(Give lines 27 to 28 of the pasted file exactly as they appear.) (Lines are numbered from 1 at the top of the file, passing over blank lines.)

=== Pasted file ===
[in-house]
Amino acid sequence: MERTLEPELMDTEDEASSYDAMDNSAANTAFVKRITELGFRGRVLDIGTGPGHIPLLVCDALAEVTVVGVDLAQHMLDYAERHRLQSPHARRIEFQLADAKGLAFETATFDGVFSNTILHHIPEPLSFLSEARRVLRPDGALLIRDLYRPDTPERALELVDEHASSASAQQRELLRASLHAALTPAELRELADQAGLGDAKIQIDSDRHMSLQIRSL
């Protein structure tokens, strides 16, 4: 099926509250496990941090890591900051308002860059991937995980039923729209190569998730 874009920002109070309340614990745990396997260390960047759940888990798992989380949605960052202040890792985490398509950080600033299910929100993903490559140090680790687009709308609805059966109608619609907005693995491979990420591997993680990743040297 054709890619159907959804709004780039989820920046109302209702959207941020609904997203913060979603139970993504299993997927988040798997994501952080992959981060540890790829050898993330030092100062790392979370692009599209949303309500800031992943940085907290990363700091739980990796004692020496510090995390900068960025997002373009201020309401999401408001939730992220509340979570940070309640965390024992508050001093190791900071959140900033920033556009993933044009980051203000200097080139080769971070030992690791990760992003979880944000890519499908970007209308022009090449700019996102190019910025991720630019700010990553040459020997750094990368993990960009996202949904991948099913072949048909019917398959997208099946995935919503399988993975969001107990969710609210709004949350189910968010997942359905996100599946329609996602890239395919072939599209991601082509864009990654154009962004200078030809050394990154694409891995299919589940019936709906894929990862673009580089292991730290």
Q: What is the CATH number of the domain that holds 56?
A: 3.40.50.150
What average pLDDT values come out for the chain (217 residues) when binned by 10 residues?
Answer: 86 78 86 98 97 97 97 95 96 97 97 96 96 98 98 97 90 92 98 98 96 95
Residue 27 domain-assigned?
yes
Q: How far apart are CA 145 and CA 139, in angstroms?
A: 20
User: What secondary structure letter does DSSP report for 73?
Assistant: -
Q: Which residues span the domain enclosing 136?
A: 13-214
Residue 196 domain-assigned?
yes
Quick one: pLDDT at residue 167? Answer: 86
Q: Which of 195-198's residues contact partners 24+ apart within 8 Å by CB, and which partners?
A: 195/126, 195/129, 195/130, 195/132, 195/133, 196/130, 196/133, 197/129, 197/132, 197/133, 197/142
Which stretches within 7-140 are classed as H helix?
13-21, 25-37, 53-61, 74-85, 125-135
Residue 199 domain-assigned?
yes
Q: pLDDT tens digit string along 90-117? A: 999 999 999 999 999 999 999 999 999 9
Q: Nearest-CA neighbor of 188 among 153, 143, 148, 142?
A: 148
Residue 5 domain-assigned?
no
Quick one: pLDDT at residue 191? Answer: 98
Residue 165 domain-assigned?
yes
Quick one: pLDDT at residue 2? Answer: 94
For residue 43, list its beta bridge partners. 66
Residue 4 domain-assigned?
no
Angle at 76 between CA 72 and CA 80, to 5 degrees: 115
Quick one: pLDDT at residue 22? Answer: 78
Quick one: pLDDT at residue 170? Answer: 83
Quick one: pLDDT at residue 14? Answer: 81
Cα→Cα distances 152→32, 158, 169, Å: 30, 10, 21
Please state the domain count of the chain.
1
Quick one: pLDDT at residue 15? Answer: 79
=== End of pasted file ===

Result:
A: 148
Residue 5 domain-assigned?